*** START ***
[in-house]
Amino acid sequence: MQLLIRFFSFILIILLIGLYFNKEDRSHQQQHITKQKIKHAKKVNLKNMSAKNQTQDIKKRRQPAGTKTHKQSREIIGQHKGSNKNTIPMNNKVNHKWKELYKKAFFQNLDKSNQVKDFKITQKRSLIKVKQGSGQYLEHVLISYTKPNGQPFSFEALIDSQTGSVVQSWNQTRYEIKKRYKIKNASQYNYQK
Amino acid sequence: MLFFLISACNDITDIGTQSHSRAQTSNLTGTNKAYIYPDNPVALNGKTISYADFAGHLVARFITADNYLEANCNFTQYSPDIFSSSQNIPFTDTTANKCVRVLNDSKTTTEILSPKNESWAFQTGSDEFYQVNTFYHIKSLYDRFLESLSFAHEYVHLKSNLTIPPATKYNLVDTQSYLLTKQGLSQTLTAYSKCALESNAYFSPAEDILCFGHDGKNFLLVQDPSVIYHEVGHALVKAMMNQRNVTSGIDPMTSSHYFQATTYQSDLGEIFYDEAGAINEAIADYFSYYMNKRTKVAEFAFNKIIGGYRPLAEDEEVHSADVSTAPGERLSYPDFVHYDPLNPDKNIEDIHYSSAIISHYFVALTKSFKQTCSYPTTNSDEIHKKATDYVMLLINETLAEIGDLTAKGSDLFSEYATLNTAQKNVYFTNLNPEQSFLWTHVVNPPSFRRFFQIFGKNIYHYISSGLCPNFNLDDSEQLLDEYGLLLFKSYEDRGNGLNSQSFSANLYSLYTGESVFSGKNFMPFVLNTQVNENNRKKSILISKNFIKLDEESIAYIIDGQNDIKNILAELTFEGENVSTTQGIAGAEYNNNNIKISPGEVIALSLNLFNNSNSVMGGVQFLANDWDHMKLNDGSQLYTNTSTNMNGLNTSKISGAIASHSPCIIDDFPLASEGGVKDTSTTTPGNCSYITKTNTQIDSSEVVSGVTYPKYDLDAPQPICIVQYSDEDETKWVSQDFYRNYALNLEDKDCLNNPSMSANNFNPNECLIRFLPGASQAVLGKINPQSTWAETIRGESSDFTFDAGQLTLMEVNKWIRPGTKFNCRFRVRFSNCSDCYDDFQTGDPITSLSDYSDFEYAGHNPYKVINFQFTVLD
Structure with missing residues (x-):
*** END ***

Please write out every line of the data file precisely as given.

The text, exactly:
[in-house]
Amino acid sequence: MQLLIRFFSFILIILLIGLYFNKEDRSHQQQHITKQKIKHAKKVNLKNMSAKNQTQDIKKRRQPAGTKTHKQSREIIGQHKGSNKNTIPMNNKVNHKWKELYKKAFFQNLDKSNQVKDFKITQKRSLIKVKQGSGQYLEHVLISYTKPNGQPFSFEALIDSQTGSVVQSWNQTRYEIKKRYKIKNASQYNYQK
Amino acid sequence: MLFFLISACNDITDIGTQSHSRAQTSNLTGTNKAYIYPDNPVALNGKTISYADFAGHLVARFITADNYLEANCNFTQYSPDIFSSSQNIPFTDTTANKCVRVLNDSKTTTEILSPKNESWAFQTGSDEFYQVNTFYHIKSLYDRFLESLSFAHEYVHLKSNLTIPPATKYNLVDTQSYLLTKQGLSQTLTAYSKCALESNAYFSPAEDILCFGHDGKNFLLVQDPSVIYHEVGHALVKAMMNQRNVTSGIDPMTSSHYFQATTYQSDLGEIFYDEAGAINEAIADYFSYYMNKRTKVAEFAFNKIIGGYRPLAEDEEVHSADVSTAPGERLSYPDFVHYDPLNPDKNIEDIHYSSAIISHYFVALTKSFKQTCSYPTTNSDEIHKKATDYVMLLINETLAEIGDLTAKGSDLFSEYATLNTAQKNVYFTNLNPEQSFLWTHVVNPPSFRRFFQIFGKNIYHYISSGLCPNFNLDDSEQLLDEYGLLLFKSYEDRGNGLNSQSFSANLYSLYTGESVFSGKNFMPFVLNTQVNENNRKKSILISKNFIKLDEESIAYIIDGQNDIKNILAELTFEGENVSTTQGIAGAEYNNNNIKISPGEVIALSLNLFNNSNSVMGGVQFLANDWDHMKLNDGSQLYTNTSTNMNGLNTSKISGAIASHSPCIIDDFPLASEGGVKDTSTTTPGNCSYITKTNTQIDSSEVVSGVTYPKYDLDAPQPICIVQYSDEDETKWVSQDFYRNYALNLEDKDCLNNPSMSANNFNPNECLIRFLPGASQAVLGKINPQSTWAETIRGESSDFTFDAGQLTLMEVNKWIRPGTKFNCRFRVRFSNCSDCYDDFQTGDPITSLSDYSDFEYAGHNPYKVINFQFTVLD
Structure with missing residues (x-):